Patronizing blather in the newspaper noted for reporting only the news they find fit to print is not uncommon, even when it is presented in what the authors would term a fair-minded, light-hearted fashion. These referenced authors, Eric Liu, a former speech writer for President Clinton, and Nick Hanauer, a billionaire venture capitalist, recently wrote an op-ed in the Wall Street Journal entitled “Why Rich People Paying More Taxes is Good for the Economy.” In that article, Mr. Hanauer stated his three principals for economic recovery: feed the government, strengthen unions and get tough with China. Together, Mr. Liu and Mr. Hanauer wrote “The Machine and the Garden,” which appeared in the July 10 issue of the New York Times.
Why is it when Democrats speak of Republicans and taxes they only talk of tax cuts for the wealthy? Republicans have always believed in lower taxes for all citizens; that has always been their policy. The tax cuts pushed through by the hated George Bush in 2001 and 2003, for example, were for all taxpayers and resulted in the wealthy paying a higher share of total taxes than ever before.
Fiscally responsible Republicans believe in the concept of smaller government, requiring less tax. They believe that everyone should pay some tax, and they agree with the progressive nature of the tax code. Republicans recognize that a flatter simpler tax code, which eliminates myriad deductions that serve special interests but not the general interests, is fairer, more efficient and will collect more money at less cost. They have no trouble seeing their tax payments rise, when it is in concert with a growing economy. Fiscal policy is all about expanding the economy; it poses the rhetorical question as to which is the best allocator of funds, the private sector or the government?
Among the more humorous aspects of Mr. Liu and Mr. Hanauer’s piece is their deploring the use of metaphors, because, as they correctly proclaim, we become “prisoners” of our metaphors. Yet they make constant use of the garden as a metaphor for the economy, something Mr. Hanauer has done in the past, and probably Mr. Liu as well. They write of an economy, like a garden, being “fruitful” if it is “well tended” and not “overrun by noxious weeds” (presumably Republicans.) They go on about how wise regulation can turn a “useless jungle into a prosperous garden.”
I almost threw up when I read that, but I persevered. They go on about “organic feedback loops” and how tax dollars (fertilizer) being spent on education and healthcare will “circulate nutrients” throughout the garden to foster growth. Perhaps because the authors are antithetical to the concept of Social Darwinism, they conclude by borrowing a line from Biblical literalists, about whom, one can feel certain, they only think of in the most condescending way: “Humans, it is said, originated in a garden.” I wonder how that line will go down in Hollywood or the Hamptons?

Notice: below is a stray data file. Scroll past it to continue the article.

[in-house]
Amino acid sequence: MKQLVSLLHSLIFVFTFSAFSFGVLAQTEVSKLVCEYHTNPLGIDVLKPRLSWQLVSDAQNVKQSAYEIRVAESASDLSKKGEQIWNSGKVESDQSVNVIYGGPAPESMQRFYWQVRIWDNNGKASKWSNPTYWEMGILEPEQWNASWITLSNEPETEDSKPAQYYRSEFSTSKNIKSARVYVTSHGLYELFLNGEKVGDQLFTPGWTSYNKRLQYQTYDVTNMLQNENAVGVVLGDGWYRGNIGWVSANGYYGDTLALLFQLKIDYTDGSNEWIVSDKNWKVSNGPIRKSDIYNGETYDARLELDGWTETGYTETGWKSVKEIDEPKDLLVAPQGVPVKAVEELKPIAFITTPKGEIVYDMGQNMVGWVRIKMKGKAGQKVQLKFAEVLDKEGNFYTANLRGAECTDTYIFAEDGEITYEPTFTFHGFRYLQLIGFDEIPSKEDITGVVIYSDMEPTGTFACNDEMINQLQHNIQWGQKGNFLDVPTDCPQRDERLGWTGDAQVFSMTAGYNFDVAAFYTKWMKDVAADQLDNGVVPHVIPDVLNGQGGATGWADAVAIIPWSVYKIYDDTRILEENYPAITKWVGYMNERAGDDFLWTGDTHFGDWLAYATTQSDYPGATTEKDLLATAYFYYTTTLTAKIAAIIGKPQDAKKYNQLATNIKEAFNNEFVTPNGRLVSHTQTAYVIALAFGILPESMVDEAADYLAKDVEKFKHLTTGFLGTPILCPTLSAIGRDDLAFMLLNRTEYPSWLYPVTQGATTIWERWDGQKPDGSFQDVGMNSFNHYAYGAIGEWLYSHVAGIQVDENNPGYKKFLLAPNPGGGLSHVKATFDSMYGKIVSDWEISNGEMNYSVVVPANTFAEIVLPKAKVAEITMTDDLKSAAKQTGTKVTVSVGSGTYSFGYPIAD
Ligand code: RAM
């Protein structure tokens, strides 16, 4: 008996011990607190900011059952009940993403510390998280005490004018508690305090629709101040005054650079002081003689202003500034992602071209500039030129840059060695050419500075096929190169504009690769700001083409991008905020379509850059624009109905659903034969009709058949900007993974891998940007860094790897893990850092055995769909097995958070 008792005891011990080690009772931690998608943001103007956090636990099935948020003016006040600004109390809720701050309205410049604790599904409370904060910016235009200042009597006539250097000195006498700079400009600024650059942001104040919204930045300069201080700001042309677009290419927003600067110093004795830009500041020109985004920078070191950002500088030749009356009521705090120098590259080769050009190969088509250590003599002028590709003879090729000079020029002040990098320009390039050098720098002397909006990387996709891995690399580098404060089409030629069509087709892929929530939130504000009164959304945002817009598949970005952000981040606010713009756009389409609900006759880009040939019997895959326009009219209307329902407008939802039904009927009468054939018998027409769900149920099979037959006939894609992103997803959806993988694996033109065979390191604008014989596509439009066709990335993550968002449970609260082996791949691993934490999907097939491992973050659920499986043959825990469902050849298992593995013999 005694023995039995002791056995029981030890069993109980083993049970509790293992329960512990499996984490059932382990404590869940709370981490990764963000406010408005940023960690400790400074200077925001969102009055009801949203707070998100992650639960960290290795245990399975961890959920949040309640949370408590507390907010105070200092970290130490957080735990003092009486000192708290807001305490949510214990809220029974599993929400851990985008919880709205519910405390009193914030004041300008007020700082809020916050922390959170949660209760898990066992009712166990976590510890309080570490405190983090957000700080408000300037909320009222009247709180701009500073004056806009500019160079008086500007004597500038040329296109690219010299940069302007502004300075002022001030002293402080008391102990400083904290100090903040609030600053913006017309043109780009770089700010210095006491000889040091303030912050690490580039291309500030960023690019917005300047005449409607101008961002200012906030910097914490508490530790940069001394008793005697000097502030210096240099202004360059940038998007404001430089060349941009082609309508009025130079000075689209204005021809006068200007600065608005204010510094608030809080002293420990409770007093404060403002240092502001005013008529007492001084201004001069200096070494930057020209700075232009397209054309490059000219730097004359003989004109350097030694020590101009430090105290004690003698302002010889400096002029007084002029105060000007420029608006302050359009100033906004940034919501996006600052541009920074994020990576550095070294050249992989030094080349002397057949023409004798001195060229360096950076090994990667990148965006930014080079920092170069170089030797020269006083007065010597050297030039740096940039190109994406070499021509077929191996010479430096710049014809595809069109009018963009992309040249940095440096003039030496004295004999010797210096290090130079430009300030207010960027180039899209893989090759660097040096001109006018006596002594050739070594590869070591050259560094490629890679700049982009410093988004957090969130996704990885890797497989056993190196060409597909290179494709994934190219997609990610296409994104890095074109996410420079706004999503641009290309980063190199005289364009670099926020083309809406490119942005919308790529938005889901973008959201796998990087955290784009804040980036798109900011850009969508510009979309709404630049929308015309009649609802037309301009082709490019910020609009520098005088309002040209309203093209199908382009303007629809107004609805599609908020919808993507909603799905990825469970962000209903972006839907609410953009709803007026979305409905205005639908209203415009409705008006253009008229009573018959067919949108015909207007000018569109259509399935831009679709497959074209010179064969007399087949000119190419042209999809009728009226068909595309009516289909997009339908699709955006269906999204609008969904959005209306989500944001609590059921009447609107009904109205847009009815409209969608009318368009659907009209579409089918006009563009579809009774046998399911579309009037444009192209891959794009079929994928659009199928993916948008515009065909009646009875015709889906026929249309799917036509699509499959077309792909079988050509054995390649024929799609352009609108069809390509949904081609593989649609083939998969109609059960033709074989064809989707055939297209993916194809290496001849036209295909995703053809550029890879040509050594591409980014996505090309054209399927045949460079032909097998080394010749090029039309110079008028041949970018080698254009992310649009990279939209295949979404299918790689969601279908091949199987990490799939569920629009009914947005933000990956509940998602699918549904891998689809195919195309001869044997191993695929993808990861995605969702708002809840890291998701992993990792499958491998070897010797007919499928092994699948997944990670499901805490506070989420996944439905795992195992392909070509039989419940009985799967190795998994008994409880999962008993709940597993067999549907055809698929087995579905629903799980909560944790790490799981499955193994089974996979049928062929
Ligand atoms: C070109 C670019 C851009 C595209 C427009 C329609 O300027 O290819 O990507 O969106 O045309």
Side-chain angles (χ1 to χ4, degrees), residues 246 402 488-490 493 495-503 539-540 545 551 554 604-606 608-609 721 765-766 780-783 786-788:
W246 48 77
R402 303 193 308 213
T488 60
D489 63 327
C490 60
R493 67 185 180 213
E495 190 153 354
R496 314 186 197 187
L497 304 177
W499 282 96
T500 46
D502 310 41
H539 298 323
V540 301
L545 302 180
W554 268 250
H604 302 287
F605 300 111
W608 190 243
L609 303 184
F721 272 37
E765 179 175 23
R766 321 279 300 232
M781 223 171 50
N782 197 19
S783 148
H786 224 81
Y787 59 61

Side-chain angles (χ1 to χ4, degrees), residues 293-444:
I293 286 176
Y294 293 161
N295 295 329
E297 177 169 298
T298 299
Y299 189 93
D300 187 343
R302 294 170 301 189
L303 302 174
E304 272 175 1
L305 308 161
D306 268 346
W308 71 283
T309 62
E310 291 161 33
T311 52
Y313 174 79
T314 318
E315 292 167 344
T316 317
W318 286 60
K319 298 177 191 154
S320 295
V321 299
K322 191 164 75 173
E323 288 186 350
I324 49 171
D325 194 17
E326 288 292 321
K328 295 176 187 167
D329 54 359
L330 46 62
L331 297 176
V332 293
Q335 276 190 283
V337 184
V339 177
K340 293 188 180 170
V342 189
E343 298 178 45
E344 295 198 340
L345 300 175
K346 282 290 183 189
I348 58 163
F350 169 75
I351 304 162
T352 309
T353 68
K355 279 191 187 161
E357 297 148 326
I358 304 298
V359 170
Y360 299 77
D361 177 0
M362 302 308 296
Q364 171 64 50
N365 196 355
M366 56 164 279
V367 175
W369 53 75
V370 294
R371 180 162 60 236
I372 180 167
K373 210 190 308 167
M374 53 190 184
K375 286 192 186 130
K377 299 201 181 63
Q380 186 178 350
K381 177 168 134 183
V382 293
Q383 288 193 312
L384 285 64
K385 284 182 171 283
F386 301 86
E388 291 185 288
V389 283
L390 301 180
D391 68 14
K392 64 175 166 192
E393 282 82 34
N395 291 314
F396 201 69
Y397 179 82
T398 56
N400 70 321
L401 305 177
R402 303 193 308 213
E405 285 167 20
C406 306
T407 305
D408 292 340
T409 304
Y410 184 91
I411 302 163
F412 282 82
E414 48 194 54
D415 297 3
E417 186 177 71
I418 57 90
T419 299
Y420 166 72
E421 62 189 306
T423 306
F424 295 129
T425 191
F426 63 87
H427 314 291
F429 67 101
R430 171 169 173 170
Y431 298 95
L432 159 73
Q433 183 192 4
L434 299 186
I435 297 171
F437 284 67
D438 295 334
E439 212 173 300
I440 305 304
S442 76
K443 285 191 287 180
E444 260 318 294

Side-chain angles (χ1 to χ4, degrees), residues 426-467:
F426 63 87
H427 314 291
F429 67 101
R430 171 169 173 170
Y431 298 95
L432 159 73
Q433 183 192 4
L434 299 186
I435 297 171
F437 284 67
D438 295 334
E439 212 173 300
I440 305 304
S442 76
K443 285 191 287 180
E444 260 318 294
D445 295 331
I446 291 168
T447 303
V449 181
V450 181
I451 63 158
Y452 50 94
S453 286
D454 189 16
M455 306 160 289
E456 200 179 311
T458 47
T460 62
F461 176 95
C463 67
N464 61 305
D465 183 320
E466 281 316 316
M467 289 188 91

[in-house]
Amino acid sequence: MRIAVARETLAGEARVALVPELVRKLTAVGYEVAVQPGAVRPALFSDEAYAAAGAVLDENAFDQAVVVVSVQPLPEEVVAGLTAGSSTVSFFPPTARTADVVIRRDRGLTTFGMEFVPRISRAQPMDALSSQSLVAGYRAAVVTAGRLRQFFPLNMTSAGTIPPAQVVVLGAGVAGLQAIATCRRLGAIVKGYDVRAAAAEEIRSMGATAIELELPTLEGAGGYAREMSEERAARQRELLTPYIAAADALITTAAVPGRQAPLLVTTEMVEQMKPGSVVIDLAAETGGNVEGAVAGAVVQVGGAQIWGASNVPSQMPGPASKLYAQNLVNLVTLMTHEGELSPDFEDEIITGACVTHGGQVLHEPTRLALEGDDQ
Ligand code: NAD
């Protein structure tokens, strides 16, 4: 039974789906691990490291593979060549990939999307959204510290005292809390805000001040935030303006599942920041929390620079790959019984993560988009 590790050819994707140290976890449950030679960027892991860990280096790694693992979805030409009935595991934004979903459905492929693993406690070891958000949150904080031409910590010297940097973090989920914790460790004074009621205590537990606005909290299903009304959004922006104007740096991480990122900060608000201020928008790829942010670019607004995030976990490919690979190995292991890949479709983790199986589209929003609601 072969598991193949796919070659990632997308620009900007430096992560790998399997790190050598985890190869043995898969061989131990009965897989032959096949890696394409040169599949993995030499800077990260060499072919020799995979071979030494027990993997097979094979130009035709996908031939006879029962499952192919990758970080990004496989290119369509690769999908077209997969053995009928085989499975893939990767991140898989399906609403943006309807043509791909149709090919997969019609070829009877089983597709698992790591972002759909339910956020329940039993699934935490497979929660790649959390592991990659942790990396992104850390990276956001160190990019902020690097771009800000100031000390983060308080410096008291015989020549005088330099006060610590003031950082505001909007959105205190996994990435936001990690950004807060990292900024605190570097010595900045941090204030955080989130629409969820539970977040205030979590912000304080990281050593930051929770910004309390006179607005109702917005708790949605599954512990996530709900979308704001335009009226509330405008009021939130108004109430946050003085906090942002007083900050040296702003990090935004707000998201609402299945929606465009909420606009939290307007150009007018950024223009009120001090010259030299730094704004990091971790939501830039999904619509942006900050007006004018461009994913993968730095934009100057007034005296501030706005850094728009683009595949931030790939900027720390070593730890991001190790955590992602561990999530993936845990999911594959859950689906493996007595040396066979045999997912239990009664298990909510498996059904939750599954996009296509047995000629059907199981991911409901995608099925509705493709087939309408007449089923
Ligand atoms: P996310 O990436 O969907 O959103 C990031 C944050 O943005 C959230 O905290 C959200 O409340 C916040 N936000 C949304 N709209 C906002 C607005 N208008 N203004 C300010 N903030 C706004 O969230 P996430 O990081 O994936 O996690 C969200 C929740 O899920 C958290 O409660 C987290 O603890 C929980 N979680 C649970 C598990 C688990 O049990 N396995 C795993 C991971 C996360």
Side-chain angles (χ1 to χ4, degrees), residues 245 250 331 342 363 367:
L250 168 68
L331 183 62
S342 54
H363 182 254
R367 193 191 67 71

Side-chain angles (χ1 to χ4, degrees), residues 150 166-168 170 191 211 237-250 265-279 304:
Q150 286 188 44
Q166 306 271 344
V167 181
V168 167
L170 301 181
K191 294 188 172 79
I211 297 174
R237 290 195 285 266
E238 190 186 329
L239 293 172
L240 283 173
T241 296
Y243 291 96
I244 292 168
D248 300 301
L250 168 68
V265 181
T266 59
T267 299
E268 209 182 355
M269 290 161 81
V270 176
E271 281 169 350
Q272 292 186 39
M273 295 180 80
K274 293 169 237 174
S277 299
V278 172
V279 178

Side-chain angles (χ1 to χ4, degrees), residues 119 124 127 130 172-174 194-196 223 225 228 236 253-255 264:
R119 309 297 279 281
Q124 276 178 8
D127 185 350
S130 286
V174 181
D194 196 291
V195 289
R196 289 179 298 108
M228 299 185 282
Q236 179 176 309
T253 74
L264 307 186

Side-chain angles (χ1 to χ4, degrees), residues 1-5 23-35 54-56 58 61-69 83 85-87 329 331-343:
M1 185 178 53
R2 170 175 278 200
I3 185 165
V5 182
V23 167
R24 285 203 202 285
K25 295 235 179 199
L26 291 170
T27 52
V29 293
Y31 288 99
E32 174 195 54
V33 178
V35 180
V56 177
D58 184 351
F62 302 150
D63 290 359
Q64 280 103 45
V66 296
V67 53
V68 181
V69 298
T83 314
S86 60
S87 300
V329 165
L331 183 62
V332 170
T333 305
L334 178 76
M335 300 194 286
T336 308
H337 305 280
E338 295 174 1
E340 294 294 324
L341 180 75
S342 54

The authors see the world of economics as being either “Machinebrain” or “Gardenbrain.” It is far too simplistic an approach. Economies are dynamic. They are confusing. The study of them is as much about art as science. There are, in reality, many (perhaps not fifty,) shades of grey. What we do know is that attempts at promoting equality of outcomes have always failed. It was the promise of Communism, Fascism and Socialism, which have almost always led to some form oftotalitarianism.
We know that people in democracies are born equal in terms of basic human rights. We know that all people should have equal opportunities; but, in terms of education, it is something too often denied the poor by the very unions Mr. Hanauer supports. We also know that only a few rise to the top of any professions. That is just the way of the world. We know that an excess of dependence and a lack of motivation doom individuals to mediocre lives. We know that self-reliance, aspiration, desire, hard work, intelligence and luck are what lead to success.
And we know that one of biggest obstacles facing people today is the corruption that cronyism brings – a merging of perfidious business leaders, fraudulent politicians and crooked union heads. Cronyism knows no political party and is as much at home in the “Gardenbrain” world espoused by Messer’s Liu and Hanauer, as it is in the “Machinebrain” world, allegedly occupied by the enemies of a strong central government.
Conservatives want regulators to actually enforce existing laws. They are uncomfortable with the notion that more regulation is needed to compensate for the failings of existing regulators. In the cases of Bernie Madoff, Jon Corzine and now Russell Wasendorf of Peregrine Financial Group, all three broke, or allegedly broke, existing rules. New regulations are not needed in those cases, enforcement is.
The world painted by Mr. Liu and Mr. Hanauer consists of an idyllic garden, peopled by those submissive to the desires of their Panglossian government superiors. It conjures an image redolent of Evelyn Waugh’s observation of P.G. Wodehouse’s Edwardian world, which he saw as releasing “future generations from captivity that may be more irksome than our own. He has made a world for us to live in and delight in” In other words, it is a world that exists only in the minds of the authors – a world of Make Believe.